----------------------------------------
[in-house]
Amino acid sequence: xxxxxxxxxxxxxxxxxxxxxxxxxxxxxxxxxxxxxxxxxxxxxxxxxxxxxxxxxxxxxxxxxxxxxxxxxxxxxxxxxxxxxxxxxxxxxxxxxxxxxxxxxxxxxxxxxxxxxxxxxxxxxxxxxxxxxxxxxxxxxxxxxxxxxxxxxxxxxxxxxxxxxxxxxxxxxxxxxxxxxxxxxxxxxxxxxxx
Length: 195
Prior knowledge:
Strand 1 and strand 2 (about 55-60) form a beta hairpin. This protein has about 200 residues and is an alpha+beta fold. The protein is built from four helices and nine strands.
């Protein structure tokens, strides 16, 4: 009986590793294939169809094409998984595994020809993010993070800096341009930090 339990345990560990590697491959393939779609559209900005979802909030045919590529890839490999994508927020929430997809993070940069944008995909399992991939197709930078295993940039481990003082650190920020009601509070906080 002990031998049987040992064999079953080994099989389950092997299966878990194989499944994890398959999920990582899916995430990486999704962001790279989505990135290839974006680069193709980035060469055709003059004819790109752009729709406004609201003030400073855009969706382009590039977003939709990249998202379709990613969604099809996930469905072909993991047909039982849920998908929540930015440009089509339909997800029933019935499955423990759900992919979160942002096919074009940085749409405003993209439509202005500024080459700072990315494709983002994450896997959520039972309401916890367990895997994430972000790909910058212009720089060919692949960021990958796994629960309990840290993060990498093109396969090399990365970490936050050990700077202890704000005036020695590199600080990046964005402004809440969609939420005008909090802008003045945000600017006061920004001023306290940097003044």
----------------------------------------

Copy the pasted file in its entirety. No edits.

[in-house]
Amino acid sequence: xxxxxxxxxxxxxxxxxxxxxxxxxxxxxxxxxxxxxxxxxxxxxxxxxxxxxxxxxxxxxxxxxxxxxxxxxxxxxxxxxxxxxxxxxxxxxxxxxxxxxxxxxxxxxxxxxxxxxxxxxxxxxxxxxxxxxxxxxxxxxxxxxxxxxxxxxxxxxxxxxxxxxxxxxxxxxxxxxxxxxxxxxxxxxxxxxxx
Length: 195
Prior knowledge:
Strand 1 and strand 2 (about 55-60) form a beta hairpin. This protein has about 200 residues and is an alpha+beta fold. The protein is built from four helices and nine strands.
């Protein structure tokens, strides 16, 4: 009986590793294939169809094409998984595994020809993010993070800096341009930090 339990345990560990590697491959393939779609559209900005979802909030045919590529890839490999994508927020929430997809993070940069944008995909399992991939197709930078295993940039481990003082650190920020009601509070906080 002990031998049987040992064999079953080994099989389950092997299966878990194989499944994890398959999920990582899916995430990486999704962001790279989505990135290839974006680069193709980035060469055709003059004819790109752009729709406004609201003030400073855009969706382009590039977003939709990249998202379709990613969604099809996930469905072909993991047909039982849920998908929540930015440009089509339909997800029933019935499955423990759900992919979160942002096919074009940085749409405003993209439509202005500024080459700072990315494709983002994450896997959520039972309401916890367990895997994430972000790909910058212009720089060919692949960021990958796994629960309990840290993060990498093109396969090399990365970490936050050990700077202890704000005036020695590199600080990046964005402004809440969609939420005008909090802008003045945000600017006061920004001023306290940097003044």